67. Recommendation 2: Scottish Government should review the current tax, funding and development systems to ensure that wellbeing, economy and climate outcomes, fairness and equality are at their heart

The first recommendation concerns national level policy enhancements to better position town centres and the development of local town centre plans and data. Given the context, the state of town centres, the urgency to tackle critical, complex issues such as climate, equality, wellbeing, fairness and social and economic renewal, it remains questionable however whether positive town centre measures and additional limited funding alone, as has been attempted thus far, will be sufficient. A range of ideas and proposals is therefore presented within this recommendation to address this broader picture. They all stem from the proposition that the balance between town centre costs and other (mostly out of town and digital) transactional and channel costs are out of kilter with the overriding national ambitions for carbon reduction and net zero, transport and congestion reduction, wellbeing improvements, social and economic renewal and new models of place resilience. If the aim is to see town centres at the heart of communities, providing more equitable provision for all, and a leading driver to meeting our National Outcomes then they need to be prioritised within a fairer overall system.

68. Some of these proposals may be viewed as controversial and may well be opposed by a range of organisations. Indeed a couple of these ideas have been suggested in the past but have not gained traction. The situation however has continued to deteriorate and our imperatives have been accelerated. These ideas therefore need to be reconsidered. We recognise that there are businesses and jobs which will be affected (both positively and negatively) by some of these proposed recommendations. There could therefore to be a consideration of the timescale and possible transition of some of these actions and the need to smooth what might initially be negative impacts of others, in order to achieve important longer-term national goals and as well as actively support town centres. They ideas are proposed to reflect the changing nature of our economy and its impact on society and to ensure a sounder fiscal base for Government at all levels, whilst addressing the fundamental issue of improving our town centres and meeting our National Outcomes. The prior expectation of simply expecting local authorities to forego income e.g. local rates relief or reducing car parking charging, particularly at this point after a decade or more of budgetary constraints, in order to try to ameliorate the impact of other activities is neither realistic nor sustainable. There may also be a need for encouragement to repurpose some of the decentralised sites as they may be ending their useful lives, possibly accelerated by the impact of the pandemic and the measures more widely being taken to respond to climate change. These issues are all ones the Scottish Government needs to consider as part of a review of policy and practice in this area. Our view is that not addressing such issues will condemn our town centres to a more difficult future and make it difficult to meet our ambitions for wellbeing and climate change response.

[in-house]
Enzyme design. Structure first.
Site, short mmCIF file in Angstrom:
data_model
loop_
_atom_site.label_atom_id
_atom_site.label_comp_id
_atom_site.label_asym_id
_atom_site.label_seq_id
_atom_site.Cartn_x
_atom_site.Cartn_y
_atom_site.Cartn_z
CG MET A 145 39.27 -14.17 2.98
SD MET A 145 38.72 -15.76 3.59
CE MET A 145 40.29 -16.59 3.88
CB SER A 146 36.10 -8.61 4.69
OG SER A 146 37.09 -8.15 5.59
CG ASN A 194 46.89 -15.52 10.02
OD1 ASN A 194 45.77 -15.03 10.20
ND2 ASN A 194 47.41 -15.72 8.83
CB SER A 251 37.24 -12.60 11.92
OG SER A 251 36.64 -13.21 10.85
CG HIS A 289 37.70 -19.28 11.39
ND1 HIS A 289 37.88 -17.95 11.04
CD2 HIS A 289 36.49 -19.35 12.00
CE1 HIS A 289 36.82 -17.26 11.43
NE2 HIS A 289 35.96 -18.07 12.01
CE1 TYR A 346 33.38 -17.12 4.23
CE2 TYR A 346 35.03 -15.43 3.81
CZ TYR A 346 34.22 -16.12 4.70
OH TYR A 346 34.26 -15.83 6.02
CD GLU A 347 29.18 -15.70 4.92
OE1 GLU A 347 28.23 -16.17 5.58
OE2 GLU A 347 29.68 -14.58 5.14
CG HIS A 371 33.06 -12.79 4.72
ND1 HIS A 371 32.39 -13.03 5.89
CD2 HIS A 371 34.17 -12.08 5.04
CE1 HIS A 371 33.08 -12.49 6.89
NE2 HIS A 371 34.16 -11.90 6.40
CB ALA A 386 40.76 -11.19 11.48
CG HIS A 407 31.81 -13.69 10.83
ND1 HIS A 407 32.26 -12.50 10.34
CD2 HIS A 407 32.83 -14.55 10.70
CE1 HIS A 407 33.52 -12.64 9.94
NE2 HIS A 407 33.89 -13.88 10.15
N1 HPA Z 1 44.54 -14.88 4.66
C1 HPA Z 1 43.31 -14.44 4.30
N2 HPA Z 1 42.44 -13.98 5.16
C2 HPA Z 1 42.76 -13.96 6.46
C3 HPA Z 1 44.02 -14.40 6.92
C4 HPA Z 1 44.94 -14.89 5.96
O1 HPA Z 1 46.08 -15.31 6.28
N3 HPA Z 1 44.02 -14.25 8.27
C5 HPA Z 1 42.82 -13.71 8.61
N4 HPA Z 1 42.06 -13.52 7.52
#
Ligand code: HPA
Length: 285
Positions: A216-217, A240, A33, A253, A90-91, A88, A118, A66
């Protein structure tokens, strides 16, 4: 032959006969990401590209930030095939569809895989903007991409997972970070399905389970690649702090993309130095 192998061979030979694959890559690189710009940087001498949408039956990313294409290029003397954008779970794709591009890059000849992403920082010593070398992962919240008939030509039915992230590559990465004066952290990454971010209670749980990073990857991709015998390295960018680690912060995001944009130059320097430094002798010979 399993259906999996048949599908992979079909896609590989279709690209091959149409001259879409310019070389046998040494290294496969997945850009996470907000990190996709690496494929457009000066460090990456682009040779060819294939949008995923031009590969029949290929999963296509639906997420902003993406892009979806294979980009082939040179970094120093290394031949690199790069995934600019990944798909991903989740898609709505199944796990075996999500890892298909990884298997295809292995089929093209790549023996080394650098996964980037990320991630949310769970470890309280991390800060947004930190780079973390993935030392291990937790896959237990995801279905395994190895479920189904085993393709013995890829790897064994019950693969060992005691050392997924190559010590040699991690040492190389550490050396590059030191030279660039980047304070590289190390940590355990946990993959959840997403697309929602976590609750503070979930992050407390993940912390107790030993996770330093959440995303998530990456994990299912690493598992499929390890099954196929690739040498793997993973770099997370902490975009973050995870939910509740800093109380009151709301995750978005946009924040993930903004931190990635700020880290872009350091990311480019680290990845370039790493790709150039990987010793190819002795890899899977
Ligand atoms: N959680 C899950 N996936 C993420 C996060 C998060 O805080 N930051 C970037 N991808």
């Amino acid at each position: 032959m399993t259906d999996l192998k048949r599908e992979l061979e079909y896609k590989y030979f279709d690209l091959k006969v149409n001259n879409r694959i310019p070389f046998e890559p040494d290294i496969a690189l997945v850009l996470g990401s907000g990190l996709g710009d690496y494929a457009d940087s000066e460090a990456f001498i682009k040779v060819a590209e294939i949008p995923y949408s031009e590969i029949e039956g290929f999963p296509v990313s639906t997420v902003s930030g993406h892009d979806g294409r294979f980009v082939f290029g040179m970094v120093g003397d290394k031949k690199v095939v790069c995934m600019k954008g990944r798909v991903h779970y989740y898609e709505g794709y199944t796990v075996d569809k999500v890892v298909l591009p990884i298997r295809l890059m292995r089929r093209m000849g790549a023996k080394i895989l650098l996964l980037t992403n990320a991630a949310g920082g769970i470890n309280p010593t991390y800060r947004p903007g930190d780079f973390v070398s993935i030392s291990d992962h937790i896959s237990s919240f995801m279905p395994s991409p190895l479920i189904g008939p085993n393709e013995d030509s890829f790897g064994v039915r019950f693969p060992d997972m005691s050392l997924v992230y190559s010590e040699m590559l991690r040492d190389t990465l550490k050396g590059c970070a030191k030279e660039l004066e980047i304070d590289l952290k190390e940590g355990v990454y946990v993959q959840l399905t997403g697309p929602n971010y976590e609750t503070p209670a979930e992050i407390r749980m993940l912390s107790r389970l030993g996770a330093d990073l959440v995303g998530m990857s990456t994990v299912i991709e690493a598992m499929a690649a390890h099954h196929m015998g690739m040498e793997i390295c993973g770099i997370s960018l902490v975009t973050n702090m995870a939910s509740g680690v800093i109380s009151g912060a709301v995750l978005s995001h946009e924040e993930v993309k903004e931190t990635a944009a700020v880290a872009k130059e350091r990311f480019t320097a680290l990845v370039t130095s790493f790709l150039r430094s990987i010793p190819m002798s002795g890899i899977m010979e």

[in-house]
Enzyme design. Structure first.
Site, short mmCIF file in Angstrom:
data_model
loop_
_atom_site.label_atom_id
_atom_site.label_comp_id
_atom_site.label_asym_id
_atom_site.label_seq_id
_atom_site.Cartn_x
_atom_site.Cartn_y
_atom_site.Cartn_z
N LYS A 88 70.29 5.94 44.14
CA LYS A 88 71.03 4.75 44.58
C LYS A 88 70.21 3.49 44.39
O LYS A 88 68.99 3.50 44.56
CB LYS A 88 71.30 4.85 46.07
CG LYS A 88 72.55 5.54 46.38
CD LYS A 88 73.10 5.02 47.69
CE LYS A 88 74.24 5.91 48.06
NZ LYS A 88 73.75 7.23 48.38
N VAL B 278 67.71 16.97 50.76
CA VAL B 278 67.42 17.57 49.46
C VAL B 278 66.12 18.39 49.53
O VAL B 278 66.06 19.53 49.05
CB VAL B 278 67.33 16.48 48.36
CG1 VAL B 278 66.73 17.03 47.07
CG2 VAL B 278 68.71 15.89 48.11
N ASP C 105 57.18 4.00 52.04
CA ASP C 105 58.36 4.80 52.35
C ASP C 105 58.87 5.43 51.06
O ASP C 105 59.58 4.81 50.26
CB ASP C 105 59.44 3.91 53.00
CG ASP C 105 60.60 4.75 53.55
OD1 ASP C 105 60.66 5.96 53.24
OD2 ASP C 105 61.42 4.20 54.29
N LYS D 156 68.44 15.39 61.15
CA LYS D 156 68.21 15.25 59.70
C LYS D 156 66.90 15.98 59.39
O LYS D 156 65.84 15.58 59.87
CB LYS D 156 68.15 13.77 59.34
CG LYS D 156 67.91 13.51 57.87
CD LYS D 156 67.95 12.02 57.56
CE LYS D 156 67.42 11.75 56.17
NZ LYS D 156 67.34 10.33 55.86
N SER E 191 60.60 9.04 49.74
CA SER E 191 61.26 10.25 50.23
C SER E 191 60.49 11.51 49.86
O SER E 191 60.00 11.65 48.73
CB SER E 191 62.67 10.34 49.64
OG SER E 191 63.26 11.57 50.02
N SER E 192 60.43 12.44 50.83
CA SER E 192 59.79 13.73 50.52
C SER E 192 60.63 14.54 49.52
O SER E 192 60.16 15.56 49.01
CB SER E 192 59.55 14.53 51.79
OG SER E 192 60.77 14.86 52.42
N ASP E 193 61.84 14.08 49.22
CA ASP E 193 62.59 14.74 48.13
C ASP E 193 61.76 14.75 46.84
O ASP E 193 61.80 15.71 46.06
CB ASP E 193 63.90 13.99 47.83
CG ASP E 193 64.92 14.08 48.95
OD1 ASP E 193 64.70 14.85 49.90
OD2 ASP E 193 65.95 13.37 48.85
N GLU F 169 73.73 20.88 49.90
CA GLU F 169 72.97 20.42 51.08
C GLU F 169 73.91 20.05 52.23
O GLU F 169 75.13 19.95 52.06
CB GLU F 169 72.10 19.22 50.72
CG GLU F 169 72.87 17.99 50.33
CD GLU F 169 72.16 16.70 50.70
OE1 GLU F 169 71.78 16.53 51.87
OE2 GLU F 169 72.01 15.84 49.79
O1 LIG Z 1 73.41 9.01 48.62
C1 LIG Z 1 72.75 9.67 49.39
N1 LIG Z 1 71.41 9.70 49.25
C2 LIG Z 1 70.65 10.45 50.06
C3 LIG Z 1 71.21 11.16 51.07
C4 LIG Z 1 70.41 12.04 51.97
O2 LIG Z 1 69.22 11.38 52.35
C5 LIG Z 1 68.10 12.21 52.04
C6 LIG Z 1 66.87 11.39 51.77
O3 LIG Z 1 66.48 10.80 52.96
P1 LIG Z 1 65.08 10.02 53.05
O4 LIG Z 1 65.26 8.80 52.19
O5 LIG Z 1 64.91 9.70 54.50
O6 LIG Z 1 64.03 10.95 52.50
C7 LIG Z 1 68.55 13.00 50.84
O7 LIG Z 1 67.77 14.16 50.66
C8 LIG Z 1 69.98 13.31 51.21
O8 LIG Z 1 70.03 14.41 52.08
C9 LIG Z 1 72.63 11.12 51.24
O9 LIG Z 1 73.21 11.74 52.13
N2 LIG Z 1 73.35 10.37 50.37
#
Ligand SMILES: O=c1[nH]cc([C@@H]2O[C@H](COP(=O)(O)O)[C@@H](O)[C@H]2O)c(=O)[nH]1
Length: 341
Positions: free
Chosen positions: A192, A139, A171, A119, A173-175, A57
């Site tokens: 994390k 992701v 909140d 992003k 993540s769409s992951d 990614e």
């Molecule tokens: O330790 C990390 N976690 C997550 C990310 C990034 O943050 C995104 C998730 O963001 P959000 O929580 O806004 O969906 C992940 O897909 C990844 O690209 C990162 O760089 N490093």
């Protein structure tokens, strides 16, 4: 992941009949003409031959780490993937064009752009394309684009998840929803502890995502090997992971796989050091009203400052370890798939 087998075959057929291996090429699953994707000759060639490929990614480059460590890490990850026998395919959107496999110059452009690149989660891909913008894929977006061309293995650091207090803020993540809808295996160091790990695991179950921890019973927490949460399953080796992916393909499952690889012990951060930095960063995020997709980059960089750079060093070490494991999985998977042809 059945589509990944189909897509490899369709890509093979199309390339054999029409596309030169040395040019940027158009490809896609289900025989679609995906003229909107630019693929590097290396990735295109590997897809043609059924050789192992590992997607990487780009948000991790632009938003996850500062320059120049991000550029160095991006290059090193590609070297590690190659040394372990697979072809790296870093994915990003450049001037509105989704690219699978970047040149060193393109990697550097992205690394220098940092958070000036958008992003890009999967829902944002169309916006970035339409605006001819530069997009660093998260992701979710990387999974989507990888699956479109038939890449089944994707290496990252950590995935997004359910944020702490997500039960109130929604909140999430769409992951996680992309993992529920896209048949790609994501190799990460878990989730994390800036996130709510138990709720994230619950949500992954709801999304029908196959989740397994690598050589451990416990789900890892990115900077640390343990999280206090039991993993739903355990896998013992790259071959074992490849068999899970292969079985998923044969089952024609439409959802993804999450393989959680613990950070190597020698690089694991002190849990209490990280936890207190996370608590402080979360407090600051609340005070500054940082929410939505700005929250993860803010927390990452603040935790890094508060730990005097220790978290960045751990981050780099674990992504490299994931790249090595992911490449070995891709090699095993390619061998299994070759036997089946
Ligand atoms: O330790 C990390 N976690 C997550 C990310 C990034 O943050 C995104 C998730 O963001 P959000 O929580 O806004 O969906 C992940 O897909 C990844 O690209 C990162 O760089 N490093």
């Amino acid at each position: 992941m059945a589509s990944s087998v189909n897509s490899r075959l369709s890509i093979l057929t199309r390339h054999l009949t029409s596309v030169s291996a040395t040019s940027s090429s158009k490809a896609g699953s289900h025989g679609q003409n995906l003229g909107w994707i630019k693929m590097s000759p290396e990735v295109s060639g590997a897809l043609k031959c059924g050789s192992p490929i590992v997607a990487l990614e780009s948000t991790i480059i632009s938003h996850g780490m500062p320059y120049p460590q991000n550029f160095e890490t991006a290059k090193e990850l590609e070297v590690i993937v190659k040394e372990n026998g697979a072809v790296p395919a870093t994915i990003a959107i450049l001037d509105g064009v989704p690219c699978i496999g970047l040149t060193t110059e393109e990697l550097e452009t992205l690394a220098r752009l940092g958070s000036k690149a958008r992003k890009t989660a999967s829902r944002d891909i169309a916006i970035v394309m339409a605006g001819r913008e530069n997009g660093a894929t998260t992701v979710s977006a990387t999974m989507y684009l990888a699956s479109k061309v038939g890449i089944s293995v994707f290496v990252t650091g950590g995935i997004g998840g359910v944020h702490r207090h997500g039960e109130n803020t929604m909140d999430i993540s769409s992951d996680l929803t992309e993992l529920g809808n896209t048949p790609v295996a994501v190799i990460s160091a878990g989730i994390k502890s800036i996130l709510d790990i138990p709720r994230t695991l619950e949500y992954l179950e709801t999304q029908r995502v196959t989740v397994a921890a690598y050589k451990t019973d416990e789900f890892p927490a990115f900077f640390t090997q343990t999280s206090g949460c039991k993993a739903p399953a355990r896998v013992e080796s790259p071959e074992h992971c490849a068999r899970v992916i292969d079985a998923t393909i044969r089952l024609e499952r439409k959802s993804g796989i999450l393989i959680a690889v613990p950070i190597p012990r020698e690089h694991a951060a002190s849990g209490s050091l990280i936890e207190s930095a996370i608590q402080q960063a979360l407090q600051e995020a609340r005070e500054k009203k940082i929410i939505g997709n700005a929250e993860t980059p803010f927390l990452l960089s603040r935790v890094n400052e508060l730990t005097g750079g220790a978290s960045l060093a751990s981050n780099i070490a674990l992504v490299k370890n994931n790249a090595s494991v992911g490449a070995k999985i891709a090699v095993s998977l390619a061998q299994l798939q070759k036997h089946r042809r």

69. Not all of the actions proposed here though are with the remit of the Scottish Government. Where they are, the recommendation is clearly directed at the Scottish Government; where the powers are not devolved the Scottish Government should consider how best to engage the UK Government in taking or permitting the actions. We also note that the Scottish Land Commission has established a Working Group on Land and Property Tax.[34] Whilst its initial scope is for devolved competency of property tax the group has a clear priority to look at town centre regeneration and taxation and local authorities. Components of Recommendation 2 should therefore be explored in detail by that more expert tax group in 2021. A balance across the measures is probably needed. Care would also be needed to avoid unintended consequences on some activities e.g. hospitals, developments meeting climate and carbon reduction ambitions. They might also look at the creation of a more permissive risk-based environment to try new approaches to funding and the use of taxation and levies and to consider the role of Non Domestic Rates (NDR), levies and other mechanisms (e.g. TIF, community bonds) to fund focused development opportunities in town centres. Scottish Government should formally ask the Working Group to consider our broad proposals in this area and come up with concrete proposals and timescales for a package of measures.